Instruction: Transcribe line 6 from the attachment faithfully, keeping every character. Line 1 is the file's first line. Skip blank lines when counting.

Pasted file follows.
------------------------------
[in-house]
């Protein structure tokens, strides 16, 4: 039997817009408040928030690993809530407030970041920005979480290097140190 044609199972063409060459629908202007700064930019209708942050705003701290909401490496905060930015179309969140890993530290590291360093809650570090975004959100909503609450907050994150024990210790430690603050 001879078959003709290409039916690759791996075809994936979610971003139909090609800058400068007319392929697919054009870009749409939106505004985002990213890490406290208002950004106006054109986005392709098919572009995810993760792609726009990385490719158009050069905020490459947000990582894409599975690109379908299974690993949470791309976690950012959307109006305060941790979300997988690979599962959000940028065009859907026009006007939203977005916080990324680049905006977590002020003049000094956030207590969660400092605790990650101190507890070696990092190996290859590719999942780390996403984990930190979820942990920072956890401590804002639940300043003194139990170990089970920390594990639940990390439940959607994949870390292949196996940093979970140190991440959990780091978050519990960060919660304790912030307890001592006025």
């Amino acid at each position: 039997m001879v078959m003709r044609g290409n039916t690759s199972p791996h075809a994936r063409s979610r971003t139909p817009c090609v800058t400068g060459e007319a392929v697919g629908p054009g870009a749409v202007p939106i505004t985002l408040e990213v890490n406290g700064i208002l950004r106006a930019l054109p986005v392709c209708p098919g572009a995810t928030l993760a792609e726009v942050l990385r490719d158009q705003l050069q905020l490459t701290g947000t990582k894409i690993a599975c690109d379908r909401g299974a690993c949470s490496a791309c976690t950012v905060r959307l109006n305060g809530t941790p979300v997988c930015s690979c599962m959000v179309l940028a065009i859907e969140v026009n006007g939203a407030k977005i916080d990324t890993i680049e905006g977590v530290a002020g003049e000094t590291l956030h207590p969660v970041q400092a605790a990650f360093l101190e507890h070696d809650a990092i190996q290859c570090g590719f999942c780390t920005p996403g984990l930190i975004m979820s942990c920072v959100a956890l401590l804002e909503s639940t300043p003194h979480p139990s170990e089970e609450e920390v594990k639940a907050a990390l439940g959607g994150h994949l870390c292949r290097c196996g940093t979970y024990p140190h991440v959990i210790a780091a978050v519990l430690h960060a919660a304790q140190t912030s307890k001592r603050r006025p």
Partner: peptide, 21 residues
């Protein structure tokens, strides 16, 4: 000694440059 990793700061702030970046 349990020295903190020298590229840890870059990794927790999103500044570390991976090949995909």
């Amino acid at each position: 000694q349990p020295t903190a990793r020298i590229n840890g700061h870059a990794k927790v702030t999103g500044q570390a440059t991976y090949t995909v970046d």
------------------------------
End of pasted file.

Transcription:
């Amino acid at each position: 000694q349990p020295t903190a990793r020298i590229n840890g700061h870059a990794k927790v702030t999103g500044q570390a440059t991976y090949t995909v970046d």